NBA moves may cause Kentucky basketball to change formula


Justus: Kentucky a place where you get better and play around great players

Kentucky basketball assistant Joel Justus offers a recruiting pitch of sorts, saying that Kentucky isn’t just for the one-and-done type players.

Kentucky basketball assistant Joel Justus offers a recruiting pitch of sorts, saying that Kentucky isn’t just for the one-and-done type players.

Fresh from a highly successful 10 years as Kentucky coach and newly armed with a so-called lifetime contract, John Calipari did not speak of a steady-as-she-goes plan for the future. Instead, he saw new challenges looming and his UK program needing to be ready to adapt.

“We’re on our second tour of duty,” he said this month. “Those 10 years are done. And you can almost see I’m feeling kind of rejuvenated. Here we go. Let’s go on another 10-year run. Let’s see how we can do. Let’s see if we can do better. Let’s see if we can continue to change.”

The big change possible in the next few years is the expectation that players will be again allowed to go directly from high school to the NBA. And, of course, these players have been the foundation of Kentucky basketball under Calipari’s leadership.

Of the brave new world ahead, Calipari said, “How do we stay on top?”

Calipari said he guessed that only five or six players a year will be capable of going from high school directly to NBA contracts. His concern is that other players will see themselves following that path. These players will see high school classwork as unimportant. When the NBA door closes, they will feel abandoned.

“None of us wanted to go to school,” he said. “We wished we didn’t have to go to school. But we went. I went because my parents said you’re going to school because it’s the only way you’re making it.”

He and his sisters were the first family members to get a college education, Calipari said.

Players who fall short of fulfilling their basketball dreams will find it difficult to turn to academics since they invested their futures in athletics, Calipari said. In terms of basketball, a season playing for Kentucky made the NBA more realistic.

“Was Anthony Davis ready to go from high school to the NBA? No,” Calipari said. “No. Was Karl Towns? You saw him early in the year. Maybe John Wall was. Was Eric Bledsoe? Was Brandon Knight? I can go through all of our lottery picks, and tell you 90 percent of them were not ready to go to the NBA (out of high school).”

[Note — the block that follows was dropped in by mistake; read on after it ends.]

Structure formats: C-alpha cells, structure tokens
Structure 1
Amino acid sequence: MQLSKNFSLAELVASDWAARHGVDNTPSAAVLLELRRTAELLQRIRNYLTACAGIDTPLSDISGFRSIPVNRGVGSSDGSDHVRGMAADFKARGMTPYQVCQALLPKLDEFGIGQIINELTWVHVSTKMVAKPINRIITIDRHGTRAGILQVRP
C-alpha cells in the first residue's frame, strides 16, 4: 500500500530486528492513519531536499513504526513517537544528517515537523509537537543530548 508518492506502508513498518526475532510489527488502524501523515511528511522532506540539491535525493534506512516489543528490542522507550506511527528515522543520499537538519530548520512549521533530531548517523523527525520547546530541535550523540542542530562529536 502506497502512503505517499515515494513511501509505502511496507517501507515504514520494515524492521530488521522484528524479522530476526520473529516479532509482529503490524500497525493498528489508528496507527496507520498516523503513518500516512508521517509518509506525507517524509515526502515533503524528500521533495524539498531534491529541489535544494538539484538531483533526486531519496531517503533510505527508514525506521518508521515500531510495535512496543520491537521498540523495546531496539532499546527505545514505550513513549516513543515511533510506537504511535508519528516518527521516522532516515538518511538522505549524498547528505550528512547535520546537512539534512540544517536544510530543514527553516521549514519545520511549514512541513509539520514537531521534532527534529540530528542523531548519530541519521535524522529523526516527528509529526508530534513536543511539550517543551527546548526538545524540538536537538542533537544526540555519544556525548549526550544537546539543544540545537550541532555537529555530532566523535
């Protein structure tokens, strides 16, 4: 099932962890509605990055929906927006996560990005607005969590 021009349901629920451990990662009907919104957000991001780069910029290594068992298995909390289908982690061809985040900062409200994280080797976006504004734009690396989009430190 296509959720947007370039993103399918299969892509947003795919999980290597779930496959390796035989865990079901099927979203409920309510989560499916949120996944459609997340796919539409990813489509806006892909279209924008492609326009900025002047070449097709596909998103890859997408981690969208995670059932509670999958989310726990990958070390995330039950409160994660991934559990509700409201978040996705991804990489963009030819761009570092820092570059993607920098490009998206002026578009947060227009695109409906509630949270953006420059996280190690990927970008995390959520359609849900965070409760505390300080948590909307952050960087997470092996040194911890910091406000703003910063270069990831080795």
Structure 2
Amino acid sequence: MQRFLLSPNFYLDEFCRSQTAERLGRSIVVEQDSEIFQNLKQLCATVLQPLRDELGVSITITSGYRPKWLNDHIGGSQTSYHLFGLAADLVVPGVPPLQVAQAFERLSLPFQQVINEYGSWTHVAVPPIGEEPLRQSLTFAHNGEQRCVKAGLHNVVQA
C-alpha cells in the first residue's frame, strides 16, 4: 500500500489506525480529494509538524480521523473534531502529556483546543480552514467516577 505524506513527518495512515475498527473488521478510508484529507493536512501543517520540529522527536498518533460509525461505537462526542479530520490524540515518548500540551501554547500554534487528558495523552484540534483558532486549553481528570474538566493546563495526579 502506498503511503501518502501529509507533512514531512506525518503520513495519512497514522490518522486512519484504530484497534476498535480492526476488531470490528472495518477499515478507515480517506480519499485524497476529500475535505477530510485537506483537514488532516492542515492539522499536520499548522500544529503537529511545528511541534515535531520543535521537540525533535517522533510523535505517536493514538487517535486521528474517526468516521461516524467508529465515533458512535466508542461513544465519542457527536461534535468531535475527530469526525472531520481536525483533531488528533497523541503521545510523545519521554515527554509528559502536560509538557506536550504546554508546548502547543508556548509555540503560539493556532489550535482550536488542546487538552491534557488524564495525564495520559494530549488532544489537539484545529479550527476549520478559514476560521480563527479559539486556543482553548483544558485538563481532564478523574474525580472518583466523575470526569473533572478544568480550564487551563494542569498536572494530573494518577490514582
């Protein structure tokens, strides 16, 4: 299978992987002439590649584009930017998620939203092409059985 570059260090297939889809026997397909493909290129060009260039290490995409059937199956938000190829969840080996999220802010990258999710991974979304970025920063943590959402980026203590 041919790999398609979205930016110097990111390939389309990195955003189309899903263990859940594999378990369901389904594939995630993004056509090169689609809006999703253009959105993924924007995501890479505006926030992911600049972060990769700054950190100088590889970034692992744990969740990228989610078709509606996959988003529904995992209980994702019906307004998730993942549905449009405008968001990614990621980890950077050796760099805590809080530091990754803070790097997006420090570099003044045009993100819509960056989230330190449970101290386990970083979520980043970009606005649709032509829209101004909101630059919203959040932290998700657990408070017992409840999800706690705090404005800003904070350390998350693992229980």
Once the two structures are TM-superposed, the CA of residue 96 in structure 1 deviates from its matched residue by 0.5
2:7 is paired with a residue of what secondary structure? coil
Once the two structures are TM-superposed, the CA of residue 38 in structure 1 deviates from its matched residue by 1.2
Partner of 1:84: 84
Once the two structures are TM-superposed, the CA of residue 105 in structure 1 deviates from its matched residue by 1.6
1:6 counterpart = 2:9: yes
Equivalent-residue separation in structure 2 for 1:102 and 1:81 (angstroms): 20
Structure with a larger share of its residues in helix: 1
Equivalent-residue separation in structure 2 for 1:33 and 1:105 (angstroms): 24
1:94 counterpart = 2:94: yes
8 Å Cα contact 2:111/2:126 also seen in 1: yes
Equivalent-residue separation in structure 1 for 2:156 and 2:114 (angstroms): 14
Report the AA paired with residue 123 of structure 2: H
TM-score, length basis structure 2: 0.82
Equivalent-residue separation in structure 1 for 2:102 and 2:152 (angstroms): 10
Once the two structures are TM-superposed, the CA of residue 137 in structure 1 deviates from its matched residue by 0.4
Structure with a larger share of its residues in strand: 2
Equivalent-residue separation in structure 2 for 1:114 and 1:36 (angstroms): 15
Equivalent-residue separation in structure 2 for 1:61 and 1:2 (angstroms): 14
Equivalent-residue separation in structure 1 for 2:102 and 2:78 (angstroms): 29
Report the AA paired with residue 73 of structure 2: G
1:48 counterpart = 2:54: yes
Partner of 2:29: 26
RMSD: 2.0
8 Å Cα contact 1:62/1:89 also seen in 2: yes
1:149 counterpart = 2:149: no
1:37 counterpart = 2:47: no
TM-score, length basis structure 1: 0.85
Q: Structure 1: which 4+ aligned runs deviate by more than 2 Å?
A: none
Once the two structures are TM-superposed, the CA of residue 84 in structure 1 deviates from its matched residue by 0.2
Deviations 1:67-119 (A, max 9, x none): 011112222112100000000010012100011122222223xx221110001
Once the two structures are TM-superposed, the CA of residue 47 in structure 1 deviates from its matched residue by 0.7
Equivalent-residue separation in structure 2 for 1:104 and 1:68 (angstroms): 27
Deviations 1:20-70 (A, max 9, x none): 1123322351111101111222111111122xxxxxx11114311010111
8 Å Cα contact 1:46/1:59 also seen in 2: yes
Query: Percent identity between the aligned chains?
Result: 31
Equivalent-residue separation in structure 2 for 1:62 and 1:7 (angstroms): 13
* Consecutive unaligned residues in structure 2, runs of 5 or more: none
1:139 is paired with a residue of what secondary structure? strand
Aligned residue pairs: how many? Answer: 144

Penny wise, pound foolish?

But the lure of big money and NBA glamour is strong. Calipari suggested this can be an illusion.

“If they do draft them late in the first round, they’re sticking them in the G League,” he said. “And they’ll have two years to prove themselves. Now, they’ll have a little more money, but at the late first round (level), it’s not much.”

That can be true relatively speaking. According to the NBA’s rookie salary scale, the 30th pick in this year’s draft was guaranteed $5-plus million over the next three years. But Calipari suggested these guaranteed contracts at the end of the first round do not set up players for life.

“Half goes to taxes,” he said. “Let’s say you get two and a half million. Say you get three million. You’re at 1.5 million. How do you think that dude is living for those two years? You think he’s living like he has nothing? He’s going to save everything? Are you out of your mind? They spend it like they’re making 50 million.”

Calipari spoke of a “lost generation” of players who jumped at the money offered to turn pro after high school. Then they will find themselves in the G League.

“Take a risk and say my life ends in two years if I don’t make it,” he said. “Hard to make a jump shot when that is what your case is. Hard to play. How about you’re 17, 18, and you’re on your own in a motel with a (G League) coach who was never a head coach. Was a video guy or whatever he was. Or was maybe a former player who’s learning to coach. And you’re a 17-, 18-year-old, and you’re in Des Moines.”

Cal’s solution

Calipari said he had a solution that is linked to the proposal that USA Basketball decide which high school players are eligible to jump to the NBA. So, Calipari said, let USA Basketball include an academic component in the formula for determining eligibility for being part of future USA Basketball events.

Calipari acknowledged that critics will see him as a coach looking to largely preserve UK’s pool of potential recruits. High school players who choose to bypass a jump to the NBA could still play college basketball and continue to have the option to turn pro after one season or any season.

“That’s me sitting on my soapbox giving you what I believe,” he said. “And I want to be the one that they look back and say, he said this 10 years ago. And no one listened to him. And said he’s only doing this because he wants kids in college. He’s only doing it for himself. He doesn’t care about the kids either.

“Uh, jeez, maybe he did (care). It was about that.”


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Important upcoming dates

Sept. 25: Big Blue Madness campout begins

Sept. 27: Big Blue Madness ticket distribution

Oct. 1: Media Day

Oct. 6: Pro Day

Oct. 11: Big Blue Madness

Oct. 16: SEC Media Day

Oct. 18: Blue-White Scrimmage

Oct. 27: Exhibition opener vs. Georgetown College

Nov. 1: Exhibition vs. Kentucky State

Nov. 5: Season opener vs. Michigan State

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